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  #17  
Old 02-20-2010
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Jdill

I would suggest keeping things simple to start. Catalana 22 and 25 are good starter boats, the 22 may be a bit cramped for more than 2 for an overnight but do-able. Single handing for a new sailor is not that difficult on most boats under 27ft, just practice.

If possible keep the boat on the trailer with mast up at a marina and you will save time setting-up to go for an afternoon sail, or get a slip and use the trailer for winter storage.

I don't travel on the Delaware at night, others may be more skilled but for me the density of commercial traffic keeps me at protected anchorage or marina at night.
There are not many good places to anchor overnight upriver from Delaware City, and the Delaware Bay depending on draft has only a handful of locations.

After ASA 101 I would suggest learning reading charts and navigation by dead-reckoning before investing in electronics, but a handheld GPS is always useful.
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I'll add my two cents - I'm also 30 yrs old and I live an hour or so west of you. I went the trailer boat route and have been very happy. I bought a boat, trailer, outboard, replaced all the stays, some blocks, line and some of the wood and a hitch for my car, new lights and tires for the trailer and I STILL have less money in it total than some people are quoting for just one season of slip rent plus a haul out.

Being on a trailer pretty much eliminates most of the expenses. It does have its drawbacks of course. But you can put in the Chesapeake one weekend. Ocean city the next. Family near Lake Erie? take the boat!

I've read and bought a ton of books on sailing and much of them have redundant information. The one book that seems to have EVERYTHING in it is "Chapman Piloting" it's dirt cheap on used book websites. I just bought "Sailing Big on a small sailboat" and it is written for 22-24' boats and includes chapters on the Catalina and it's competitors. I think I paid $3 for a 1997 edition. But I'm super cheap.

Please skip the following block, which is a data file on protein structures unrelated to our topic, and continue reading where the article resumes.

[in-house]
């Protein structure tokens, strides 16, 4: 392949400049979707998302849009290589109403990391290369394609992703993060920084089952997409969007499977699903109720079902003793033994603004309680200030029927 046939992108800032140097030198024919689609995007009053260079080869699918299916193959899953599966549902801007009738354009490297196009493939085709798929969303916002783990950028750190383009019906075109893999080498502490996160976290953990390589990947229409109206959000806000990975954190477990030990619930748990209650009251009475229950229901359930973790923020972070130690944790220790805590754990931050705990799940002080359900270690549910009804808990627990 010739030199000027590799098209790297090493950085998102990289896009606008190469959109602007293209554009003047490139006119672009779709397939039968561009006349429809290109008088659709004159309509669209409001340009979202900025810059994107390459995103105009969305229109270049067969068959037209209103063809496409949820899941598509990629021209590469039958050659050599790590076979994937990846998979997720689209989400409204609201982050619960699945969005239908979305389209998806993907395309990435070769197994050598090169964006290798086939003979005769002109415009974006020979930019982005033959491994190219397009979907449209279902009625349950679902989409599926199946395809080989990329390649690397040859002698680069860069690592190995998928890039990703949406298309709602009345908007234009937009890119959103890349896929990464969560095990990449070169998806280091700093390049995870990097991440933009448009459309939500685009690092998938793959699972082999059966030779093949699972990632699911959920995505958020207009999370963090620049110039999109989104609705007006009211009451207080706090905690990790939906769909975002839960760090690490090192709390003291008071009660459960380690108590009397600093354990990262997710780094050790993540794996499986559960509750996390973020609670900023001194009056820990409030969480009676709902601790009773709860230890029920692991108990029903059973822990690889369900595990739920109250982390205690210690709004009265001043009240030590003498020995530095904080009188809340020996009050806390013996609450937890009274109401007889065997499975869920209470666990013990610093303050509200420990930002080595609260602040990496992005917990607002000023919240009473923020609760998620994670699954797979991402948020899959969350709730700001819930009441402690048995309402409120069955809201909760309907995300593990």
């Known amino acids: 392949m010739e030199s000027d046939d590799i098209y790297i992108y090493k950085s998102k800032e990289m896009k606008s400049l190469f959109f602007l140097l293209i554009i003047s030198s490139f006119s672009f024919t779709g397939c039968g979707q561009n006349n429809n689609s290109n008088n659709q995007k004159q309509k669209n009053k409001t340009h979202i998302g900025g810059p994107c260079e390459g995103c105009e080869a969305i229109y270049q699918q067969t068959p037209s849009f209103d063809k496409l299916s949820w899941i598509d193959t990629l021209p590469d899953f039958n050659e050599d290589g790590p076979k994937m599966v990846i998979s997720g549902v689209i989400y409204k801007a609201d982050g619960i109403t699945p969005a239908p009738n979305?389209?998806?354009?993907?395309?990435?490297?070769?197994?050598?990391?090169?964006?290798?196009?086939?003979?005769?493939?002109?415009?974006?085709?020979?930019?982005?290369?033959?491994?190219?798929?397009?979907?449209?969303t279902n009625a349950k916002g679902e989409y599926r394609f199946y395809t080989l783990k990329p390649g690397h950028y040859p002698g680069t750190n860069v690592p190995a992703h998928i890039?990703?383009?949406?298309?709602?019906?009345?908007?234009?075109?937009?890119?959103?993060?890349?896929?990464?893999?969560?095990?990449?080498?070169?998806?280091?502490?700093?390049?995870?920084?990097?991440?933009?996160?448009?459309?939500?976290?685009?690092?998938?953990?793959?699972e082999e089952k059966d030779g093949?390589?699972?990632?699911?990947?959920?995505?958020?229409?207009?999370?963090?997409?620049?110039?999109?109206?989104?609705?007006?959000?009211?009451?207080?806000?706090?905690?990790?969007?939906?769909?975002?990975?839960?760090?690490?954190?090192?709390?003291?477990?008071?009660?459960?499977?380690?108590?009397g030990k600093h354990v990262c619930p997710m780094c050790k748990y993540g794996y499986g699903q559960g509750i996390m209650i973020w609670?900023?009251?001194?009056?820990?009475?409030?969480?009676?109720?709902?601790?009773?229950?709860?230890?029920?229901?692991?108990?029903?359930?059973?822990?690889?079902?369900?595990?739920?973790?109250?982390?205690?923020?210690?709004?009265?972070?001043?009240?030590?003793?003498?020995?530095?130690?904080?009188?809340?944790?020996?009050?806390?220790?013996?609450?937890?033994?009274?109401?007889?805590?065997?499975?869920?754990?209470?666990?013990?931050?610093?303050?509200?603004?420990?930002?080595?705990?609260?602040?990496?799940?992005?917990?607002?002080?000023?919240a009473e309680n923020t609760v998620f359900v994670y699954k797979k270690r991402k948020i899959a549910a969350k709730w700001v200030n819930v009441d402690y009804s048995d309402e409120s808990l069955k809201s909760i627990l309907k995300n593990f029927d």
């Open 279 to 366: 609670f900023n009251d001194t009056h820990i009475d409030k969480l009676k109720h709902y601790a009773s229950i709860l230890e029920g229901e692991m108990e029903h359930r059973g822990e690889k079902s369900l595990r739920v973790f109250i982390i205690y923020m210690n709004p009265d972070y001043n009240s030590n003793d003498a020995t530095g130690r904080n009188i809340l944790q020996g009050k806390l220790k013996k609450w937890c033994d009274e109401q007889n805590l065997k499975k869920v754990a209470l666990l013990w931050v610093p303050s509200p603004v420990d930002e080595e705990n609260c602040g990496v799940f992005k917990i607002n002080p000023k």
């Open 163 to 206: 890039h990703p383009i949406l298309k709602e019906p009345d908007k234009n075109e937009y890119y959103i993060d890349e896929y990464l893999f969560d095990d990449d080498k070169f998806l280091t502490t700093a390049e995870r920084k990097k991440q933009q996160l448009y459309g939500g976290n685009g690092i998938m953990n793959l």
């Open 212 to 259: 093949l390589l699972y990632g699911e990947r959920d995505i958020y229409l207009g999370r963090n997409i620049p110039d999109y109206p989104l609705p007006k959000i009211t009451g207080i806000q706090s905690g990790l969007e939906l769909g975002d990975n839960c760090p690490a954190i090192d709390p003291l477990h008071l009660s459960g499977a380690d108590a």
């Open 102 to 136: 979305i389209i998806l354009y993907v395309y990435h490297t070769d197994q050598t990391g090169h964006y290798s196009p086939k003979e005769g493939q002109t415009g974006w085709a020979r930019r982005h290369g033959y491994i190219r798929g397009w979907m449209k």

Keep the good times high and the expenses low!
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Keep the expenses low and the good times high.

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Oh, and where to buy? I found mine on craigslist! good used 4-6 HP outboards seem to bring about $100/HP and maintenance is limited pretty much to spraying aerosols here and there a lower end oil change which if you can't do yourself you shouldn't be out on public waterways unsupervised. Keeping the boat in your yard is nice too -- you can work on it for an hour before dinner whereas if it's in a slip an hour away you'd have to make a dedicated trip. You can keep an eye on it during storms and even let the kids camp in it. Trailers aren't much upkeep -- I got the sheetz of replacing bulbs and just rewired the whole thing with an LED setup from Harbor Freight for $29. As far as wheel bearings - If in doubt, change them out! Same with tires. I got some used car tires with half tread for $20 each, installed. They'll dry rot before the tread wears thin.

Good luck!
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Keep the expenses low and the good times high.

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  #20  
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Thanks again sealover, your advice is priceless for what I am looking for. I was thinking of doing the trailer thing for the exact same reason, and if the yacht clubs are reasonable I may go that route although there are a decent amount of public launches up this way in ne philly. Also, was looking at craigslist and the private prices is exactly what got me excited whereas motor boats are what most people describe as a hole you dump money into. And you gotta love Harbor Freight!! Thanks for the books, definitely will be doing some reading soon.